In the News

Fish Talk in the News – Friday, July 15

Massachusetts Division of Marine Fisheries is encouraging recreational anglers to recycle their synthetic fishing line. Image via Mass DMF.

  • Maine lobstermen who fish within 3 miles of shore do not fill out federal catch reports or have onboard tracking systems, which makes it difficult for planners and regulatory agencies to understand important lobstering areas. Lobstermen enjoy this “freedom,” but it can make permitting processes more difficult. As part of the Northeast regional planning process, the Island Institute who recently released a spatial characterization of Maine’s lobster fishery is trying to fill the data gap that exists for lobstering in Maine and New England.
  • Massachusetts Division of Marine Fisheries wants to promote recycling of recreational monofilament fishing line through its new Monofilament Recovery and Recycling Program. The goal of the program is “to create a network of marked recovery bins at popular fishing locations throughout the state,” reported the Gloucester Daily Times. DMF also wants to educate recreational fishermen about the impact of synthetic fishing line on wildlife.
  • The U.S. Senate unanimously passed the resolution proposed by Senators Angus King and Susan Collins to designate September 25,, 2016 as “National Lobster Day” for the second consecutive year. National Lobster Day is a day “to recognize the economic and cultural importance of the lobster industry,” stated Senator King’s press release. The resolution was co-sponsored by numerous other New England senators.
  • NOAA Fisheries announced the common pool area closure for Georges Bank cod, effective July 13th as of 4:15pm. The agency projected that the common pool fishery had caught 90 percent of its quota for Trimester 1. The closure is in effect through August 31.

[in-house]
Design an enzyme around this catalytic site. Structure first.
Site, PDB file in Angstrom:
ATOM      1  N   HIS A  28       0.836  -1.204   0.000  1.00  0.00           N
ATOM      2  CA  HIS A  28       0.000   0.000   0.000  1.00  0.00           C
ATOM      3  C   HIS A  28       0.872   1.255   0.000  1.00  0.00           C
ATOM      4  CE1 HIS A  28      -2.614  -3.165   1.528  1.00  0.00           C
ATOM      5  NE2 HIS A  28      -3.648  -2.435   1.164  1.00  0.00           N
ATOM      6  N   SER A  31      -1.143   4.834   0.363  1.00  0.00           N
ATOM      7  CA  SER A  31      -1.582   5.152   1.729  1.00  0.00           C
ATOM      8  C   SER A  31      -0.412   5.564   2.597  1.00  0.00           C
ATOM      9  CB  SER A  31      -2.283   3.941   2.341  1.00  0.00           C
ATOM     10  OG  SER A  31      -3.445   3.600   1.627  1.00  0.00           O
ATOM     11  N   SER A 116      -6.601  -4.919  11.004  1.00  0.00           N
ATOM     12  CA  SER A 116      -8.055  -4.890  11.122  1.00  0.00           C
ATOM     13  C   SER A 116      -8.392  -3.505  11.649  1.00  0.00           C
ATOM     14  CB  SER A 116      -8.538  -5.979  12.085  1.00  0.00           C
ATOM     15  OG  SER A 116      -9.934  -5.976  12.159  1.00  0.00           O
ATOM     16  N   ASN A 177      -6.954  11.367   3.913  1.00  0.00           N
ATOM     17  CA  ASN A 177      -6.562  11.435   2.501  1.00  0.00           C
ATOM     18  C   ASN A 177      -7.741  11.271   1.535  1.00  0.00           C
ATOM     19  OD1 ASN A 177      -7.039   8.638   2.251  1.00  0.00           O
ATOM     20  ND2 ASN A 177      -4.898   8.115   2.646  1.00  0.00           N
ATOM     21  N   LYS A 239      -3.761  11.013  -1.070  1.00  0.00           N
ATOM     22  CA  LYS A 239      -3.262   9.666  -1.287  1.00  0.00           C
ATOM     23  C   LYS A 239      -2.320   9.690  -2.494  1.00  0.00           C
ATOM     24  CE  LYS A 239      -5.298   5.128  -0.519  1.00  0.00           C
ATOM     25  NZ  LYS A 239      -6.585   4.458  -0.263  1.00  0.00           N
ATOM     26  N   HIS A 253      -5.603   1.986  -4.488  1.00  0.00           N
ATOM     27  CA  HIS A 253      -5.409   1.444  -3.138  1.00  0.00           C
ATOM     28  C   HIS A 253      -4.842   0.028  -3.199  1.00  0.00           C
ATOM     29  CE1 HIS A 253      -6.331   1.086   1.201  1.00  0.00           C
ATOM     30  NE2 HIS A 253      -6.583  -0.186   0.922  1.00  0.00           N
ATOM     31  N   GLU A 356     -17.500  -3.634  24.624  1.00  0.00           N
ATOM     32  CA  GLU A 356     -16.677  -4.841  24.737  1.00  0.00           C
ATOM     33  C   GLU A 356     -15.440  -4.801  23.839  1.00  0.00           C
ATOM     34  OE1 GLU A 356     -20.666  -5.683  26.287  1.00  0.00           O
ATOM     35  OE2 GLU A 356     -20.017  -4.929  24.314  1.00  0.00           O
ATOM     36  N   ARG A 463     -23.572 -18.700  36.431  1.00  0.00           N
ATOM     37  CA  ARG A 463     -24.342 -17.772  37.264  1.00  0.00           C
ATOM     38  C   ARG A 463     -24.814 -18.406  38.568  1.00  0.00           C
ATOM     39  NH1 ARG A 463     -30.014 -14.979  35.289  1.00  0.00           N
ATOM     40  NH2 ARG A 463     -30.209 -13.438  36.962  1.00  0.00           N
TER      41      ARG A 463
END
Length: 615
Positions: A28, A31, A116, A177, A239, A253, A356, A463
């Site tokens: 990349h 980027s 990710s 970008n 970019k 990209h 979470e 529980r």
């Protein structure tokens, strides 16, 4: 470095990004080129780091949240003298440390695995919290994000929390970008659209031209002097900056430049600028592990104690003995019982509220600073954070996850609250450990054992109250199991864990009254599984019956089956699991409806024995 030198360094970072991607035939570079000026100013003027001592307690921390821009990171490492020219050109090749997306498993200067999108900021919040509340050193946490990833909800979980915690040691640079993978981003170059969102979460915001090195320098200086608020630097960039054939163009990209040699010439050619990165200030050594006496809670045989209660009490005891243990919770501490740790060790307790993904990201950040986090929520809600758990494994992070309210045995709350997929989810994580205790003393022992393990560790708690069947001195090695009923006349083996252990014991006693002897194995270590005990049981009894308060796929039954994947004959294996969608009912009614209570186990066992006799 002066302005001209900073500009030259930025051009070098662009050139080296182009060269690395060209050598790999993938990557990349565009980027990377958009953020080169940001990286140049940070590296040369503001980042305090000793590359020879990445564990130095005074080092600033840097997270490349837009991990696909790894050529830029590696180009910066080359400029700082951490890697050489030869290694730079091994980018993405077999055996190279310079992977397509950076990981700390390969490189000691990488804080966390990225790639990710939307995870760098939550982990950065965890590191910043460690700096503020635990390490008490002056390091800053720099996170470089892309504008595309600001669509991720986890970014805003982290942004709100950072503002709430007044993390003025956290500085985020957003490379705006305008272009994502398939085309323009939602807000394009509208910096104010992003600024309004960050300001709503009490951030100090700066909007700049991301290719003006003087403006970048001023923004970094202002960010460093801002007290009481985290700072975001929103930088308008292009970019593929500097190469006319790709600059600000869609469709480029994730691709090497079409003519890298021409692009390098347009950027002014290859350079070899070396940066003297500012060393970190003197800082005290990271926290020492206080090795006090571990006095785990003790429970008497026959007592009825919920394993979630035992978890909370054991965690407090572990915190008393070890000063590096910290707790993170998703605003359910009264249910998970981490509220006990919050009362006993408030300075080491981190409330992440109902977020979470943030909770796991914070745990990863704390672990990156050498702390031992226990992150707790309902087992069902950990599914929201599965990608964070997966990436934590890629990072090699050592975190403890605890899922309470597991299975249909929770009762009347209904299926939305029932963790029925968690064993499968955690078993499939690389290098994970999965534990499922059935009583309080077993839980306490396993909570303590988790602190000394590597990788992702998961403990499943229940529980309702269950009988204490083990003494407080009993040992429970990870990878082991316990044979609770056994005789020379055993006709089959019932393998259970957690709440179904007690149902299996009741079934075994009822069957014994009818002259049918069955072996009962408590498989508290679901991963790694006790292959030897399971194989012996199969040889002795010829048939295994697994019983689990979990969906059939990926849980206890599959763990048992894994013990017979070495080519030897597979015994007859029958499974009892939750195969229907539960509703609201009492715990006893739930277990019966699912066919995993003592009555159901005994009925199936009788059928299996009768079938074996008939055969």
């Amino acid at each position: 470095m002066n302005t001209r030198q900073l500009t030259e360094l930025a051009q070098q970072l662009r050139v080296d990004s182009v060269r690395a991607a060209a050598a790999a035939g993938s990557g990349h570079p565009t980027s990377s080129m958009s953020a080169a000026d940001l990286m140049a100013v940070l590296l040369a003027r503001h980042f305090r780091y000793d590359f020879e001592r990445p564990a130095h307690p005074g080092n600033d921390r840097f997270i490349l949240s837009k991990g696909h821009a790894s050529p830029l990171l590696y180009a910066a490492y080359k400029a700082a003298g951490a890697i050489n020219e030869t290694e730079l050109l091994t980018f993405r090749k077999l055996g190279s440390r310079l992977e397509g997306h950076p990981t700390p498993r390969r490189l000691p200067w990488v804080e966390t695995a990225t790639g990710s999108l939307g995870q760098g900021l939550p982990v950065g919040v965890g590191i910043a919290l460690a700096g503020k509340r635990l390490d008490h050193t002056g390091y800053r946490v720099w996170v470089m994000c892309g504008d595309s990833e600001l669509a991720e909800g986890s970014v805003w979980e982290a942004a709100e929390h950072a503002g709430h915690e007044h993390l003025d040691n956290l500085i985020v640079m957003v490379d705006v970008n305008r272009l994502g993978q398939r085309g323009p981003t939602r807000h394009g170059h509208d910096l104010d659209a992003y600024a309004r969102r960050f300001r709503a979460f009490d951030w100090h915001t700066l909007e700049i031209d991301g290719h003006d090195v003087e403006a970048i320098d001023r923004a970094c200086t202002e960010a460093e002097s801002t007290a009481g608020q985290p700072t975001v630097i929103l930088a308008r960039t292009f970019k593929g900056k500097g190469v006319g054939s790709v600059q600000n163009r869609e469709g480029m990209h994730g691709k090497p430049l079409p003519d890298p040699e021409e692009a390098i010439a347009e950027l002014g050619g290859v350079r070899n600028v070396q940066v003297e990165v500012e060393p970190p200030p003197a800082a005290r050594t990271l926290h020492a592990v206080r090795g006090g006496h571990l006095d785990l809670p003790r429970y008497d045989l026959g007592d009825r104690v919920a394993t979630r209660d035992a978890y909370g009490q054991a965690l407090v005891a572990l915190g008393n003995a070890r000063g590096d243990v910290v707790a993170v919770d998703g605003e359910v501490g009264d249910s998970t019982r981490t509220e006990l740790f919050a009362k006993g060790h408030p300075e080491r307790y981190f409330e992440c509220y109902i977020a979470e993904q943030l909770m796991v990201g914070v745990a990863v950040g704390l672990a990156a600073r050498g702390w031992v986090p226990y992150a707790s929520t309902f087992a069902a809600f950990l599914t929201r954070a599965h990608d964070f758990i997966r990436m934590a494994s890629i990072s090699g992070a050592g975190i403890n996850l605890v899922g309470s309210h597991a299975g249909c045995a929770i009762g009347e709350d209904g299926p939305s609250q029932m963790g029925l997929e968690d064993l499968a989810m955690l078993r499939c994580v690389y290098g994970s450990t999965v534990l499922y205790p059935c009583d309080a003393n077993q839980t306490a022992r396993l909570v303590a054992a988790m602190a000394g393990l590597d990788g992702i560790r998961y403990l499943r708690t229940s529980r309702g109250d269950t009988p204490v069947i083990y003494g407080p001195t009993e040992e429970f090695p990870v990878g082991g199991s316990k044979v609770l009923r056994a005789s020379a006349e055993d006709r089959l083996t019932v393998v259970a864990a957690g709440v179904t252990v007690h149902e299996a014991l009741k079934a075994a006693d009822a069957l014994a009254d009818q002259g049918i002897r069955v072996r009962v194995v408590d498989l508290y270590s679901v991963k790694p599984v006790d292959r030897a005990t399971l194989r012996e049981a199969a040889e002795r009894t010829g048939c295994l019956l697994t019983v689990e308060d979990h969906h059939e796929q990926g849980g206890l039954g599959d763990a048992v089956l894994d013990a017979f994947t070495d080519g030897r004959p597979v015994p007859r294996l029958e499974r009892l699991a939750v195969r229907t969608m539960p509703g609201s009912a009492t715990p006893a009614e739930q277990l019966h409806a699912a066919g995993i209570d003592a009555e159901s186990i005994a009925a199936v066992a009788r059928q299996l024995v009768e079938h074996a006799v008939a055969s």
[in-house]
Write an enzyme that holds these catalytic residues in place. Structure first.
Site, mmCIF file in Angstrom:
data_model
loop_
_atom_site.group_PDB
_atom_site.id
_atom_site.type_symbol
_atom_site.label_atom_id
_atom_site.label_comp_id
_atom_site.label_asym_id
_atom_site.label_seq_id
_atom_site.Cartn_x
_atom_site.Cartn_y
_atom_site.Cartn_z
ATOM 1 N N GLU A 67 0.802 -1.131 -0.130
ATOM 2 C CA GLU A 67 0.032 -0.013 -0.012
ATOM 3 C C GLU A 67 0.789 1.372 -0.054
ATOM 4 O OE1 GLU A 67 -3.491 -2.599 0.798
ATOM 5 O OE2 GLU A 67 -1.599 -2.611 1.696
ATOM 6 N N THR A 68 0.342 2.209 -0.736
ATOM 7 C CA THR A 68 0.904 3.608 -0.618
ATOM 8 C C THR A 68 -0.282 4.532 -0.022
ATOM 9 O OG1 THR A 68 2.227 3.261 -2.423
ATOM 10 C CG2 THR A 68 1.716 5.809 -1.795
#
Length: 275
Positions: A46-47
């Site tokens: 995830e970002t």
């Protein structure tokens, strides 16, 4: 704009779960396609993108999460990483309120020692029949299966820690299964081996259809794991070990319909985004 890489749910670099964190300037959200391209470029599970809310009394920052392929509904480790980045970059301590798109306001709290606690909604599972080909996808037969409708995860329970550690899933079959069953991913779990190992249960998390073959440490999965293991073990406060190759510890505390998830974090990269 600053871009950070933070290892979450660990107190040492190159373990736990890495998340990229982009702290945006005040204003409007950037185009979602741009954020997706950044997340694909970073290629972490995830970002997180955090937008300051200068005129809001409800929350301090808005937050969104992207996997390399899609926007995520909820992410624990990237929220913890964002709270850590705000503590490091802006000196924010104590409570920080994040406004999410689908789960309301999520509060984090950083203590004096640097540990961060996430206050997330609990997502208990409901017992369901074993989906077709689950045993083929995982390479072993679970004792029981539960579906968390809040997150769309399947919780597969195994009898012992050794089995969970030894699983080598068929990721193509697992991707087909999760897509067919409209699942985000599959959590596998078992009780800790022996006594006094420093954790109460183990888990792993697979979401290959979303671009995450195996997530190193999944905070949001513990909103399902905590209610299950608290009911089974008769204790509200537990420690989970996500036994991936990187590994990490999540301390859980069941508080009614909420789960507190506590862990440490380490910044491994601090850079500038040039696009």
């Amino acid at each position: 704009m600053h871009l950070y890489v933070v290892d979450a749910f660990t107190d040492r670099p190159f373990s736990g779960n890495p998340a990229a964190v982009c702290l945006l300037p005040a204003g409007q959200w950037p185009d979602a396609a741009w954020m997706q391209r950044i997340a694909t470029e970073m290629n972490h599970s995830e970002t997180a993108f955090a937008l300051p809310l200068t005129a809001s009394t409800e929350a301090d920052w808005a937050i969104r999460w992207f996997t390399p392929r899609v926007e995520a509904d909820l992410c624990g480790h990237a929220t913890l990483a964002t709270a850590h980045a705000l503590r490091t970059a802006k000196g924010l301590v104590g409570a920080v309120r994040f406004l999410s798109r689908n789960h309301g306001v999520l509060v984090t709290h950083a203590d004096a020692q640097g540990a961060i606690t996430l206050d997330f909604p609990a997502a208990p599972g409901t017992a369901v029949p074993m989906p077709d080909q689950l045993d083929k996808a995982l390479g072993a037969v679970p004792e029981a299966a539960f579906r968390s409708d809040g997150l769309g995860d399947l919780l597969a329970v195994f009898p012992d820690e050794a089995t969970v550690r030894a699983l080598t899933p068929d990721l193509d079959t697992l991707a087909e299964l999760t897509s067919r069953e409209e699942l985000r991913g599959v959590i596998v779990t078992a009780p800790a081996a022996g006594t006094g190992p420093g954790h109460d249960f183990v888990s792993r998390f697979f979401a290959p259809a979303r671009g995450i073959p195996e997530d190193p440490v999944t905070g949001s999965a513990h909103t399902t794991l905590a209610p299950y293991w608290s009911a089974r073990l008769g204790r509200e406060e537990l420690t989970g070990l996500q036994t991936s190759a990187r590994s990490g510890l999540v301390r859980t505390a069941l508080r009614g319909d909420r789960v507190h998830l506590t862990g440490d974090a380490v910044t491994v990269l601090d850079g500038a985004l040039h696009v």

• Maine Department of Marine Resources Commission Patrick Keliher recently sat down for an interview with MaineBiz to discuss Maine’s fishing industry. Mr. Keliher states that “the changing ocean environment is a major challenge” for the industry and answered other questions on lobster, shrimp, and aquaculture.
  • The bipartisan northeast congressional delegation, with the exception of Vermont, signed a letter to President Obama declaring support for the Northeast Regional Ocean Plan and “the Administration’s efforts to advance the ocean planning process.” The lawmakers indicate three elements of the Plan that they found particularly important: new data on regional ocean uses, commercial needs, and future industry trends; collaboration between states, tribes, and federal agencies to allow for better decision-making; and access to marine life and habitat data.
  • The Bureau of Ocean Energy Management developed a new webpage that will serve to provide updates to the commercial fishing industry on Atlantic offshore renewable energy planning and leasing efforts. The webpage also includes an interactive map that allows users to zoom into areas and turn layers on and off.
  • Regional Administrator for NOAA Fisheries Greater Atlantic Region John Bullard wrote a letter to the editor in the Gloucester Daily Times. Mr. Bullard’s letter was written in response to a previous one that expressed concern over academics receiving more Saltonstall-Kennedy grants than local fishermen. While Mr. Bullard indicated that that is true, he emphasized that fishing industry representatives often partner with academics on grant applications and that grants funded address the needs of local fishermen and their communities. He then goes on to explain the application process.


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